John F. Kennedy Jr. died young; whatever his promise, he never achieved it. He wasn’t a popular politician, or a successful actor, or a musician with a closet full of Grammys. And yet, his death two decades ago prompted wall-to-wall media coverage, absolutely dominating the news cycle for days upon days.
Wanna buy a lightly used vintage sweatshirt? You could probably snag one at Goodwill for cheap—or you could shell out several thousand dollars for one with the Virgin Atlantic logo, which was personally gifted to Princess Diana by founder and all-around media personality Richard Branson. It’s too small for me, so you…
Reading Judith Krantz is like running errands around town in a Lamborghini driven by somebody coked to the gills and very, very bad at figuring out the most straightforward route, but the running gossip monologue is so entertaining it distracts from the fact that you’re careening through every single red light.
How do you write a column about reading that publishes right at the moment when you’ve stopped reading?
What’s your most outlandish dream for your day-to-day fashion choices? Is it fashion jumpsuits, seven days a week? Ballgowns for brunch? Neon 80s workout wear, at work, at your office job? Well just go ahead and make the leap, with this 25-year-old British man who wears Regency clothing every damn day.
Judith Krantz, a towering figure in American popular culture who defined her era in a series of bestselling novels filled with sexual escapades and over-the-top luxury, has died at 91.
When Laura R. Fisher began the research that would become her recently released book, Reading for Reform: The Social Work of Literature in the Progressive Era, she thought she was looking for something precious and illuminating: an overlooked manuscript, an instance of brilliance almost lost and now found.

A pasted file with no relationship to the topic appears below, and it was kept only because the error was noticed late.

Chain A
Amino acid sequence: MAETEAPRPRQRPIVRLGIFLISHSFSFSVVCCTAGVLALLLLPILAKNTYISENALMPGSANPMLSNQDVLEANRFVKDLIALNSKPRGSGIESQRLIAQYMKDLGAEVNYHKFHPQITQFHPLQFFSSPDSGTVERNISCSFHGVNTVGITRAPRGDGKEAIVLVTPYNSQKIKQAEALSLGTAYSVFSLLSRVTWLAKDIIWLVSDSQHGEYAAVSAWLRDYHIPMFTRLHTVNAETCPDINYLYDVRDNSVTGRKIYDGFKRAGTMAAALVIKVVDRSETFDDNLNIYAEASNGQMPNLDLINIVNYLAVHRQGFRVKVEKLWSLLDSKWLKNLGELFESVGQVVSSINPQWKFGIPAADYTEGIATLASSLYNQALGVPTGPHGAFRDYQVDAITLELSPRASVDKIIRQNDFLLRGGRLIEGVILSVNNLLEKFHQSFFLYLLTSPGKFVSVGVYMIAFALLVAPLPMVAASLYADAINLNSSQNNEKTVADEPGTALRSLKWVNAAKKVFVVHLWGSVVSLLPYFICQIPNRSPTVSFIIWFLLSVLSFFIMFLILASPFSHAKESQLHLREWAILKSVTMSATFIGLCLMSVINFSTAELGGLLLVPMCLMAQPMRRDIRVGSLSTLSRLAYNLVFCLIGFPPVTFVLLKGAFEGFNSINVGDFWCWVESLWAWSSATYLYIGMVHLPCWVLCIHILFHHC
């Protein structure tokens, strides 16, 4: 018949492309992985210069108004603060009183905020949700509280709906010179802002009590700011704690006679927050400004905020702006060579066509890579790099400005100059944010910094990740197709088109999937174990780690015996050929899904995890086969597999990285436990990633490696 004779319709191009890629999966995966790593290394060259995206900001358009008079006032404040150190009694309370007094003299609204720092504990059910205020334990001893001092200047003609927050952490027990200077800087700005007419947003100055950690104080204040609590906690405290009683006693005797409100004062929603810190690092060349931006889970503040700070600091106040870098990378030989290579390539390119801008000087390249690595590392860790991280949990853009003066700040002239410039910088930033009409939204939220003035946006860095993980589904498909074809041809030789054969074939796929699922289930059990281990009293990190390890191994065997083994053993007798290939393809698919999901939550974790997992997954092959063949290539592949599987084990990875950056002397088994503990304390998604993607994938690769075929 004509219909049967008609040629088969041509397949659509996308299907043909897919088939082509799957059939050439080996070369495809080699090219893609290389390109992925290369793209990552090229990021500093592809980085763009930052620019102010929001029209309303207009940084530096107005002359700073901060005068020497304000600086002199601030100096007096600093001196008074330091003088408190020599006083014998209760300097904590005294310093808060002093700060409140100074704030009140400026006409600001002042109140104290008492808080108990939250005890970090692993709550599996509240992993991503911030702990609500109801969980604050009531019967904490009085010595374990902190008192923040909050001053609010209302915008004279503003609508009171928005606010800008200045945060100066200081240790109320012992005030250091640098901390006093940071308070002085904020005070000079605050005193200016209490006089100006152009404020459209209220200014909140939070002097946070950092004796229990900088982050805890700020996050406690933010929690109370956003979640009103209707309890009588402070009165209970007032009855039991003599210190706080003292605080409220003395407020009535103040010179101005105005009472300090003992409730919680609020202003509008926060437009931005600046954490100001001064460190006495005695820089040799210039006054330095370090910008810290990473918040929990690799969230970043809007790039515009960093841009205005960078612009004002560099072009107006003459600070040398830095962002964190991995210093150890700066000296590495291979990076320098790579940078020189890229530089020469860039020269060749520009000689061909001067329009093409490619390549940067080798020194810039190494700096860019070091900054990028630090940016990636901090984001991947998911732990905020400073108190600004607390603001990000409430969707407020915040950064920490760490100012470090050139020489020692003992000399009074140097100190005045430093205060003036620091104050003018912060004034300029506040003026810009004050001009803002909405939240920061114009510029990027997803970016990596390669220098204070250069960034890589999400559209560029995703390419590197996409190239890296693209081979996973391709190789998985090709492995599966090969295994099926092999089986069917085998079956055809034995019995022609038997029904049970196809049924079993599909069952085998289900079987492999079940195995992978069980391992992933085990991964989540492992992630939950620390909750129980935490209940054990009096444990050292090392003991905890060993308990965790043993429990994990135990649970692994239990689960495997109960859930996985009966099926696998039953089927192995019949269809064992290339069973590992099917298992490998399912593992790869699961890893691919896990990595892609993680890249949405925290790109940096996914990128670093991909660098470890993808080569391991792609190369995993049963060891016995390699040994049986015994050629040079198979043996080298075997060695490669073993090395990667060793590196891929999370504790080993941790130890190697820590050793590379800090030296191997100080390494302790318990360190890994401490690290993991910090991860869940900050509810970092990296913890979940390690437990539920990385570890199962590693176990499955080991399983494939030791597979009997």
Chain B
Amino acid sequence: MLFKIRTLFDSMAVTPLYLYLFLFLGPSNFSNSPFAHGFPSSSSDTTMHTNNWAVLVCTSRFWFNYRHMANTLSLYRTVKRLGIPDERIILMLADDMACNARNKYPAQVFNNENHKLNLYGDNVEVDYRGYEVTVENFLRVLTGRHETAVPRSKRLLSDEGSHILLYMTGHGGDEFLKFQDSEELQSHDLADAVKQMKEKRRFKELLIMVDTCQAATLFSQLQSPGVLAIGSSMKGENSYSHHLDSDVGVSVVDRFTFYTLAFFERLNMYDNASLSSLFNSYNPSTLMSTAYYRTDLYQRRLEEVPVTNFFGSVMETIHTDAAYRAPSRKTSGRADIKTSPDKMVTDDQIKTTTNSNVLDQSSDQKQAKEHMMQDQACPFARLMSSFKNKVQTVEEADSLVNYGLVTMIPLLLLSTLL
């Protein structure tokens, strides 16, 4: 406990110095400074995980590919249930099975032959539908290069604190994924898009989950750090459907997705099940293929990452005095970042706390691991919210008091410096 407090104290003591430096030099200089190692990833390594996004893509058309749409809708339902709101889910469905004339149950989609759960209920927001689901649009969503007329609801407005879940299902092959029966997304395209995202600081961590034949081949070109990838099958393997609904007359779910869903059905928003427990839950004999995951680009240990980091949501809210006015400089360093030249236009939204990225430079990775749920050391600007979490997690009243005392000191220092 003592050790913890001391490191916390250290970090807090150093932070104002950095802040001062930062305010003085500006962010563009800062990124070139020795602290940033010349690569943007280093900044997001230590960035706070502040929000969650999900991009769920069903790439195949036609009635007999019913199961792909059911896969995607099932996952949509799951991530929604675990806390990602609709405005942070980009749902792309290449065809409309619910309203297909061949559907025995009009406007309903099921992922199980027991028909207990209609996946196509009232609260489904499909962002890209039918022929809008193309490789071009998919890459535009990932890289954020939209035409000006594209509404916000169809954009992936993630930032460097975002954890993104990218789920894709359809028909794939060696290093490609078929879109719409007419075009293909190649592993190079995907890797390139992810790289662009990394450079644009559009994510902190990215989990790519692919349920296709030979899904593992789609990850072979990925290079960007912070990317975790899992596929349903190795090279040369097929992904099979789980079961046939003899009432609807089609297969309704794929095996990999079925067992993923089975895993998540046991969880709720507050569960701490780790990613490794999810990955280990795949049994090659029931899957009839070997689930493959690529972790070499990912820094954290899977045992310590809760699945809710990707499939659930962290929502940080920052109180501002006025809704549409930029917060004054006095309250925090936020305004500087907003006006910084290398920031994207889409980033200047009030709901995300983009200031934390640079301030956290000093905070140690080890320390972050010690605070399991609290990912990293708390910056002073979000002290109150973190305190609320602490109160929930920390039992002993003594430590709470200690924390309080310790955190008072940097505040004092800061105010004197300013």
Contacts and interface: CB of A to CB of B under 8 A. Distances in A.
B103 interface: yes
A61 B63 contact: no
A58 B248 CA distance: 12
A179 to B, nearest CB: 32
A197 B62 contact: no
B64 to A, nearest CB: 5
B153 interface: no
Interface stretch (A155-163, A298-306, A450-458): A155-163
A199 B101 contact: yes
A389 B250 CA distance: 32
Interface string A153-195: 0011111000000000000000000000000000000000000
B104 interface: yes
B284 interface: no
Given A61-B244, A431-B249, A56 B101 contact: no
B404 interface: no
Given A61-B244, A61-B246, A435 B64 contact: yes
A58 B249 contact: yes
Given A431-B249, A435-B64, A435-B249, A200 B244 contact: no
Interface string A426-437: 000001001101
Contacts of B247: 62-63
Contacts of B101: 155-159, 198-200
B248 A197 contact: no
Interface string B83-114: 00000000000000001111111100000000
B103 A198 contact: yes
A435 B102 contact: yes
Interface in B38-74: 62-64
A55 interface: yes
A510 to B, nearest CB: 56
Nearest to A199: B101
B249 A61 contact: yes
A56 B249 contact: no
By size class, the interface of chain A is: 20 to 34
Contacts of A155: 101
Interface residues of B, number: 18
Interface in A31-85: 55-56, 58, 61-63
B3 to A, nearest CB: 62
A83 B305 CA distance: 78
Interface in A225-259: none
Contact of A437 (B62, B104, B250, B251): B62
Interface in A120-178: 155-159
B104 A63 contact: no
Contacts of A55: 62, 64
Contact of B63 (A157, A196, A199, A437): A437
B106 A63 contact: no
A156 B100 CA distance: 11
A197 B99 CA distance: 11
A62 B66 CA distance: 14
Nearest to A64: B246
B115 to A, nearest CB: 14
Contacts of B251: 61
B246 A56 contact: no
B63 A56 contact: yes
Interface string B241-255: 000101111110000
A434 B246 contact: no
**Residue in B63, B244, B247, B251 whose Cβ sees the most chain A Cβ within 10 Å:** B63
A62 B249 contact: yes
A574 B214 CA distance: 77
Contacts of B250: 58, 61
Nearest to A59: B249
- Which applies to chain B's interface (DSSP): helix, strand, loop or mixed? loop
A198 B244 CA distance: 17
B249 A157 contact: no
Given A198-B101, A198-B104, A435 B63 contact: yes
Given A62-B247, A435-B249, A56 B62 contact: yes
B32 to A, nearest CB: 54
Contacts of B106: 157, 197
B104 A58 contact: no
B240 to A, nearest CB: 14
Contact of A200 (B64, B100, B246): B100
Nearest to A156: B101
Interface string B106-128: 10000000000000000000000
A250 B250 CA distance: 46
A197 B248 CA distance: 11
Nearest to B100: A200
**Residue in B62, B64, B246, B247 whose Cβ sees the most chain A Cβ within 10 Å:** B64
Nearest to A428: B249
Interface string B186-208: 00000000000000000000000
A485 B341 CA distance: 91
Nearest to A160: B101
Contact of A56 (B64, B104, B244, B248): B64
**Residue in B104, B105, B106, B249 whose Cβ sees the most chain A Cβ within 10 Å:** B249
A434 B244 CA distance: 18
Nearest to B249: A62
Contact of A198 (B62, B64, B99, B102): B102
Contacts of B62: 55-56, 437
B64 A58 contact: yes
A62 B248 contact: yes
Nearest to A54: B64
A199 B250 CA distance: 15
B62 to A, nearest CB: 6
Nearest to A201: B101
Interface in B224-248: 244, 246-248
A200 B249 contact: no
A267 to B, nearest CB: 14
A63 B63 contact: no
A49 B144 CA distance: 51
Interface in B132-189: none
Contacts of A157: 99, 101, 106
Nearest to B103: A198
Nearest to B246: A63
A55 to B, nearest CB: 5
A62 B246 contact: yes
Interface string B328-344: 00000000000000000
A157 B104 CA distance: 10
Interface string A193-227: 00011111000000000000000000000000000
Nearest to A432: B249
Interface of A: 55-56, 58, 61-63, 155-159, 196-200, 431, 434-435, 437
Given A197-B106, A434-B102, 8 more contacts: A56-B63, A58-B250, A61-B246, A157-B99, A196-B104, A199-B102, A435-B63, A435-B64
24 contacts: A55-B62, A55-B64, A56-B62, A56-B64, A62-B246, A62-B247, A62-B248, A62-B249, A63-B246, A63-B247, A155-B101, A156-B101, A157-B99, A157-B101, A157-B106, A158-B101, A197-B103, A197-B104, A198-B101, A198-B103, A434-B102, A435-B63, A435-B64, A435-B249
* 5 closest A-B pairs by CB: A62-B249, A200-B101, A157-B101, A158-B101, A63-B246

The story begins as too many stories starring women do: Daphne didn’t want to have sex. She was a nymph, a minor goddess of sorts, daughter of a river god, and beautiful to boot. According to Ovid, her father wanted grandchildren, but Daphne wanted to stay free, her body untouched by lust, forever her own. “Dearest…
The intersection of social media and feminism can at times be a dark, depressingly hypocritical place. The temptation to capitalize on viral liberal sentiments in the Trump era, combined with a desire to make everything cute and Instagrammable, leads to a sea of hollow progressive-sounding tweets and photos of smiling…
The phrase “midcentury kitchen” conjures an array of images, each more dazzling than the last: Needlessly complex gadgets designed to appeal to technoptimistic Americans of the 1950s! Formica in a bewildering array of colors! An outrageous landscape of avocado and—heaven help us—harvest gold!
Before everyone heads off to the nearest body of water to show off their cute new swim looks, you should know that a century ago, many visitors to Coney Island rented their bathing suits.
The Victorians have been notoriously stereotyped as a staid bunch. Feast your eyes upon a magnificent piece of evidence to the contrary: A replica of Prince Edward’s lavish, custom-made sex chair.
Watching Tyrion and Varys argue on a recent Game of Thrones episode about whether a cock is a necessary qualification for a monarch in the universe of Westeros, I wondered how this argument had played out in medieval England, which provided much of George R.R. Martin’s source material. While the highly successful show…
One of the last remaining great Hollywood stars of the midcentury, Doris Day, has died.
The British television network ITV has announced that it’s partnering with the BBC and Aardman Animations to develop a massive theme park around their various properties, such as Thunderbirds, a scifi show from the 1960s featuring puppets, and also Doctor Who.
Cambridge University is embarking on a two-year investigation into the extent to which it benefitted from the slave trade over the centuries. The question is: What are they going to do when they inevitably discover their institutional ancestors were up to their necks in it?
If, for some inexplicable reason, you are a Margaret Thatcher superfan and reading this website, I’m about to make your day: Christie’s is auctioning off a bunch of her personal effects, largely related to her time at 10 Downing Street.